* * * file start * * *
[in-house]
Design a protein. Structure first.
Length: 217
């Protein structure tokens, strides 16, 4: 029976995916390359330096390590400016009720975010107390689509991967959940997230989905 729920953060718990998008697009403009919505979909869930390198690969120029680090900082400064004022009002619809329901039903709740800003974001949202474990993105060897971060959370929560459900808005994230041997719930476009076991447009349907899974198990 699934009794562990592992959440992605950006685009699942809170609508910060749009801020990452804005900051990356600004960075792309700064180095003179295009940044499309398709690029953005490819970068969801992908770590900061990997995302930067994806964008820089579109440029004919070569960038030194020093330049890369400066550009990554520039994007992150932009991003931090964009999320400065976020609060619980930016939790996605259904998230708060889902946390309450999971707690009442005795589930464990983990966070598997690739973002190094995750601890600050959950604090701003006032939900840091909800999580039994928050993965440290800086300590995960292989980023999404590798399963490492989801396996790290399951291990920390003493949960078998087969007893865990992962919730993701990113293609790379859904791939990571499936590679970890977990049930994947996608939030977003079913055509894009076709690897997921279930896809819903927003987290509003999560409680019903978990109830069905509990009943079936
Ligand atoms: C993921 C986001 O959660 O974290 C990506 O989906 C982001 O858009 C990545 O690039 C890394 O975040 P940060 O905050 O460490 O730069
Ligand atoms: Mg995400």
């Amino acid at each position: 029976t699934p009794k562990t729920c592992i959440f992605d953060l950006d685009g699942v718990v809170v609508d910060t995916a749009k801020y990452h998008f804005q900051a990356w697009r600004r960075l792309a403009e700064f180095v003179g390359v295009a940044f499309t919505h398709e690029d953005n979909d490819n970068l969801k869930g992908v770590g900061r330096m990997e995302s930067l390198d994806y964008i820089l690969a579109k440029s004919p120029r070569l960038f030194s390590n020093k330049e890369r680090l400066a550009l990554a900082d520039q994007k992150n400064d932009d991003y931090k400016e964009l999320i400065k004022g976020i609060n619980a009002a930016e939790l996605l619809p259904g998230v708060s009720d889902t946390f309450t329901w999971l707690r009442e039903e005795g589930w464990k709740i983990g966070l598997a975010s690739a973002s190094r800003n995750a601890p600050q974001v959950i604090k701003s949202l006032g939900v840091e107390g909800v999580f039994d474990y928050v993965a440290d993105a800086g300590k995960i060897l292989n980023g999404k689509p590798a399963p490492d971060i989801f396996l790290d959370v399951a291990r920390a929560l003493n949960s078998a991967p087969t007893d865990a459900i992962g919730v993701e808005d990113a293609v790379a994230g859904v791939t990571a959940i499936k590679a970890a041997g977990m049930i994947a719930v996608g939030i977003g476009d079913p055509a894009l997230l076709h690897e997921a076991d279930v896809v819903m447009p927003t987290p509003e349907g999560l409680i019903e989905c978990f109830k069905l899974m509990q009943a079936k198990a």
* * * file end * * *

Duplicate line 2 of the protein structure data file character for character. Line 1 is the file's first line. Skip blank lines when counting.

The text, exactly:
Design a protein. Structure first.